Lookcraft Is For The Stylish Gentleman That’s Too Lazy To Shop

You’re a dude. You want to look good. No, you don’t want to spend hours in a store.

That’s where Lookcraft, a brand new New York-based startup, comes in. Founded by some YC alums, Lookcraft has customers go through a quick (and hopefully painless) style quiz where they click on clothes they like, share their sizing and a little bit about how they like to dress. It then comes up with seven or so items that are shipped for free.

Like Chicago-based Trunk Club, you send back what you don’t like and you pay for what you keep. There are no subscriptions. Lookcraft sends kits of clothing whenever a customer requests it, and they collect your credit card information up front. If you don’t like the suggestions Lookcraft provides, you can easily swap items in or out until you have a combination that you do like.

“The men’s shopping experience is terrible. Basically, it’s built entirely for women,” said founder Jamie Quint. “For men who don’t want to go through Macy’s website for hours, we try to make it easy. We give them suggestions and then ship them for free.”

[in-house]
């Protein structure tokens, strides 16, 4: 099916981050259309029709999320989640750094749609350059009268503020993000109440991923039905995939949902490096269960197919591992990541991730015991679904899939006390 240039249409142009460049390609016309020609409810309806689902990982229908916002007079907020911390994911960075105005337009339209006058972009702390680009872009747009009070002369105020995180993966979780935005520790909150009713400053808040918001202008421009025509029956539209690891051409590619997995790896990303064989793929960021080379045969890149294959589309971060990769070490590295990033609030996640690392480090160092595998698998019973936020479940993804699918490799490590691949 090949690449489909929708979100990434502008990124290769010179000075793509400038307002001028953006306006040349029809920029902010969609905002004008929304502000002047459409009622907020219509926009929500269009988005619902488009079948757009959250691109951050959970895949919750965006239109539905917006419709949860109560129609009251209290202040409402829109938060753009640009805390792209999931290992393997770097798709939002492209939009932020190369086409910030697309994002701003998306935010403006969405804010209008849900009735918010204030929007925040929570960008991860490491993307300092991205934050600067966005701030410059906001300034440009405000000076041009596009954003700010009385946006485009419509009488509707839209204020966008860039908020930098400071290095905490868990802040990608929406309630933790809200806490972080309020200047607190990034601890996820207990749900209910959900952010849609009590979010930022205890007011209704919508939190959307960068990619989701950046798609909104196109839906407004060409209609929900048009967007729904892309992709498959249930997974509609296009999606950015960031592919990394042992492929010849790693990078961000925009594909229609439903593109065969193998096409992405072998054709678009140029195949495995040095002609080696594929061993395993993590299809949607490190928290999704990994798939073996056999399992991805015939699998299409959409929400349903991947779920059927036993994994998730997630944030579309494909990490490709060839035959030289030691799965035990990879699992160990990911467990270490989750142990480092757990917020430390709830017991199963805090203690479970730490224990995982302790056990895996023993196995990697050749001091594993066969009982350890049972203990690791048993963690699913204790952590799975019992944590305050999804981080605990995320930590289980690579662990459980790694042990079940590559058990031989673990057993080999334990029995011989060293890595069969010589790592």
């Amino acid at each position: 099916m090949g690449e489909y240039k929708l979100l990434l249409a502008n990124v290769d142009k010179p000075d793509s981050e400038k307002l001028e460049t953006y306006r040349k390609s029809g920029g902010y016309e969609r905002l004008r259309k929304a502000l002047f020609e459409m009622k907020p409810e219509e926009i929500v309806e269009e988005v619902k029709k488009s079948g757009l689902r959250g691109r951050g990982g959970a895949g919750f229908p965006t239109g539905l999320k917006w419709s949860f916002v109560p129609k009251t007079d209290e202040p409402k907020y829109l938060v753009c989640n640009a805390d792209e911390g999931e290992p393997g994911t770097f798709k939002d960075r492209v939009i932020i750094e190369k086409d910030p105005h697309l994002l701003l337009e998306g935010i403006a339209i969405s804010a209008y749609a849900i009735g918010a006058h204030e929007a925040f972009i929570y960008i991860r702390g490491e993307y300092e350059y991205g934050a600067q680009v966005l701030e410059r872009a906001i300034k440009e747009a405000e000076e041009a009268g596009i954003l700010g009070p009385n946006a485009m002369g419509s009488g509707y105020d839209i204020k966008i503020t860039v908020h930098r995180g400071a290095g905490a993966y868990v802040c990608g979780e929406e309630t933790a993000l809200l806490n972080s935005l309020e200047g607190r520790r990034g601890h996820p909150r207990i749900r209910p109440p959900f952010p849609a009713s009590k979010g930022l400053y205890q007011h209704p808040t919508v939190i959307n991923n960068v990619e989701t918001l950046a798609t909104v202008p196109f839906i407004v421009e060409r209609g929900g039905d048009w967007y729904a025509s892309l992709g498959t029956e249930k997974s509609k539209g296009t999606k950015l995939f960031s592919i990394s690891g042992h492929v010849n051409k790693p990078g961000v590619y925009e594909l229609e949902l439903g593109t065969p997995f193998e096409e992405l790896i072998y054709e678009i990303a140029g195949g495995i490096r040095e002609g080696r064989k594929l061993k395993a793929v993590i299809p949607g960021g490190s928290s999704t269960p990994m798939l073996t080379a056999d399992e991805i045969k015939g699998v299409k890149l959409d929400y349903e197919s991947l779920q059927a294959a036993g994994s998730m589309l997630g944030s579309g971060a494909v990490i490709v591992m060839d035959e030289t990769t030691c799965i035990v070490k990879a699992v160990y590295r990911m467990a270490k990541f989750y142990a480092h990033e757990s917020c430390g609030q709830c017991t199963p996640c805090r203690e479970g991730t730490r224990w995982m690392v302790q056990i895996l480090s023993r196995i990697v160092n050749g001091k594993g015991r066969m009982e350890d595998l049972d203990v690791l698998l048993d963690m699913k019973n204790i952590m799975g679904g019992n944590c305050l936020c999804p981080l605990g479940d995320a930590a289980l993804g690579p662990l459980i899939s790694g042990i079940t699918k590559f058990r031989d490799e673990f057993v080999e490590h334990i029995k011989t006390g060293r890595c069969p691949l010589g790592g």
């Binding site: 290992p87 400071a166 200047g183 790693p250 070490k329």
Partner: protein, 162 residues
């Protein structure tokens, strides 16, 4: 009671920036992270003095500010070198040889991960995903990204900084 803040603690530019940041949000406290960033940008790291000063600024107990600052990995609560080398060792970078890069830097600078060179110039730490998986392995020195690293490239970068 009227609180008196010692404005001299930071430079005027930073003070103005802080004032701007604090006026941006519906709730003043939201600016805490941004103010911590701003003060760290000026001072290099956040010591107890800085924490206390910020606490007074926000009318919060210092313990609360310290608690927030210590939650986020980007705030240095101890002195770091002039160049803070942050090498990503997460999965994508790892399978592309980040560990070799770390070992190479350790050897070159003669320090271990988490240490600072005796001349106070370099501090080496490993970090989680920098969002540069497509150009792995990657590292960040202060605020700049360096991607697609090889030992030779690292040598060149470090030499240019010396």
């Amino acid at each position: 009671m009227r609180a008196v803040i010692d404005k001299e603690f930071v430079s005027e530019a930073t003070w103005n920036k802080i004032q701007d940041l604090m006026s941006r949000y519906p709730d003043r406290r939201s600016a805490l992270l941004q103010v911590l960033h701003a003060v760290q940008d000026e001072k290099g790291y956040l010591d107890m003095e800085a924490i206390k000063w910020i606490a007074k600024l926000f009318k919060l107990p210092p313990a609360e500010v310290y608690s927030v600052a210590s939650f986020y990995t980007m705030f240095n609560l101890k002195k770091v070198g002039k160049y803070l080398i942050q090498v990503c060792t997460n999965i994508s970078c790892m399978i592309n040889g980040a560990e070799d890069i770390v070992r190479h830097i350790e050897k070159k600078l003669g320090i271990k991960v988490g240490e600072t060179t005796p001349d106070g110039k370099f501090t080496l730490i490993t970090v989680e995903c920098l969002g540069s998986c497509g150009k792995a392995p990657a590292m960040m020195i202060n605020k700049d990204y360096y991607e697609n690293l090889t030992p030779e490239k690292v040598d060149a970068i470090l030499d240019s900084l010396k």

The startup carries a number of higher-end brands like Nudie Jeans, J Shoes and local independent brands like San Francisco’s Taylor Stitch.

“We’re focused on fit and quality and we’re not going to sacrifice by buying lower-quality stuff to get a lower price point,” Quint said. “There’s a reason why designer clothing costs more. It’s because there’s better quality, better fit and fabrics than what you’d find elsewhere.”

The company makes standard retail margins on its bundles of clothing, which on average are worth about $800 or $900. They sell clothes at full retail price. “It’s basically the same as how any wholesale merchant makes money,” Quint said.

Lookcraft has raised some seed funding from First Round Capital and Consigliere Brands, a marketing consultancy and New York-based fund run by two-time NBA MVP Steve Nash.

“The major retailers aren’t going to be the ones to innovate on the online shopping experience. They list clothes and sell them. The average of their customers are trending upwards,” Quint said. “It’s time for someone to do something new.”